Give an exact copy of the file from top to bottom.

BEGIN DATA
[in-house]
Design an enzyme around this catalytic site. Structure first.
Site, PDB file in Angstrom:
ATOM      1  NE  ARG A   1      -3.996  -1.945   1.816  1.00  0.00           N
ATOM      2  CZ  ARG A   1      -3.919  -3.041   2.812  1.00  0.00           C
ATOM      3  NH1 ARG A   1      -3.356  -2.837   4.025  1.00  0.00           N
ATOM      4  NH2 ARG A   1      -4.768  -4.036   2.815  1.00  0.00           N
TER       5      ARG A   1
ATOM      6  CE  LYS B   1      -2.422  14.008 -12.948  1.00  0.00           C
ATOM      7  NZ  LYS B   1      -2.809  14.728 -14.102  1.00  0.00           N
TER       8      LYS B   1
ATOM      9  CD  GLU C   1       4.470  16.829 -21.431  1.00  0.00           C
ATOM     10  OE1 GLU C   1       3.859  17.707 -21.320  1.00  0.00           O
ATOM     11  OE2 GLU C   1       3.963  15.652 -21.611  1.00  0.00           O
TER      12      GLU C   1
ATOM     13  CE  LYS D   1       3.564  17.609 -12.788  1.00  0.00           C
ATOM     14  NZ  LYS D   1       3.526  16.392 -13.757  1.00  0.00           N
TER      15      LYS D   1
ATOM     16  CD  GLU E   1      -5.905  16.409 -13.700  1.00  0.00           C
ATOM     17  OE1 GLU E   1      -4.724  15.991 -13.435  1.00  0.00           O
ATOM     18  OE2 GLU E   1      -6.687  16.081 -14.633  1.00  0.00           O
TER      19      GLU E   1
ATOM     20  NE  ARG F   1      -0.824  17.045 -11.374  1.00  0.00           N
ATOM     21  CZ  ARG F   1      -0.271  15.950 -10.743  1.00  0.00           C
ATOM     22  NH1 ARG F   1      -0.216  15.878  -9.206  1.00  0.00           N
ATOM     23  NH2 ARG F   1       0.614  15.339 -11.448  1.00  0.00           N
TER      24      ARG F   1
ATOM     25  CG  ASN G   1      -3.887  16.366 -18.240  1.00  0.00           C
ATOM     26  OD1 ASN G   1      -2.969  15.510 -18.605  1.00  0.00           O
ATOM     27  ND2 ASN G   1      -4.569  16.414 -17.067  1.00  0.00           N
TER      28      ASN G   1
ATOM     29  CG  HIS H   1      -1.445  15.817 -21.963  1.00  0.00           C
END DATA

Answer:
[in-house]
Design an enzyme around this catalytic site. Structure first.
Site, PDB file in Angstrom:
ATOM      1  NE  ARG A   1      -3.996  -1.945   1.816  1.00  0.00           N
ATOM      2  CZ  ARG A   1      -3.919  -3.041   2.812  1.00  0.00           C
ATOM      3  NH1 ARG A   1      -3.356  -2.837   4.025  1.00  0.00           N
ATOM      4  NH2 ARG A   1      -4.768  -4.036   2.815  1.00  0.00           N
TER       5      ARG A   1
ATOM      6  CE  LYS B   1      -2.422  14.008 -12.948  1.00  0.00           C
ATOM      7  NZ  LYS B   1      -2.809  14.728 -14.102  1.00  0.00           N
TER       8      LYS B   1
ATOM      9  CD  GLU C   1       4.470  16.829 -21.431  1.00  0.00           C
ATOM     10  OE1 GLU C   1       3.859  17.707 -21.320  1.00  0.00           O
ATOM     11  OE2 GLU C   1       3.963  15.652 -21.611  1.00  0.00           O
TER      12      GLU C   1
ATOM     13  CE  LYS D   1       3.564  17.609 -12.788  1.00  0.00           C
ATOM     14  NZ  LYS D   1       3.526  16.392 -13.757  1.00  0.00           N
TER      15      LYS D   1
ATOM     16  CD  GLU E   1      -5.905  16.409 -13.700  1.00  0.00           C
ATOM     17  OE1 GLU E   1      -4.724  15.991 -13.435  1.00  0.00           O
ATOM     18  OE2 GLU E   1      -6.687  16.081 -14.633  1.00  0.00           O
TER      19      GLU E   1
ATOM     20  NE  ARG F   1      -0.824  17.045 -11.374  1.00  0.00           N
ATOM     21  CZ  ARG F   1      -0.271  15.950 -10.743  1.00  0.00           C
ATOM     22  NH1 ARG F   1      -0.216  15.878  -9.206  1.00  0.00           N
ATOM     23  NH2 ARG F   1       0.614  15.339 -11.448  1.00  0.00           N
TER      24      ARG F   1
ATOM     25  CG  ASN G   1      -3.887  16.366 -18.240  1.00  0.00           C
ATOM     26  OD1 ASN G   1      -2.969  15.510 -18.605  1.00  0.00           O
ATOM     27  ND2 ASN G   1      -4.569  16.414 -17.067  1.00  0.00           N
TER      28      ASN G   1
ATOM     29  CG  HIS H   1      -1.445  15.817 -21.963  1.00  0.00           C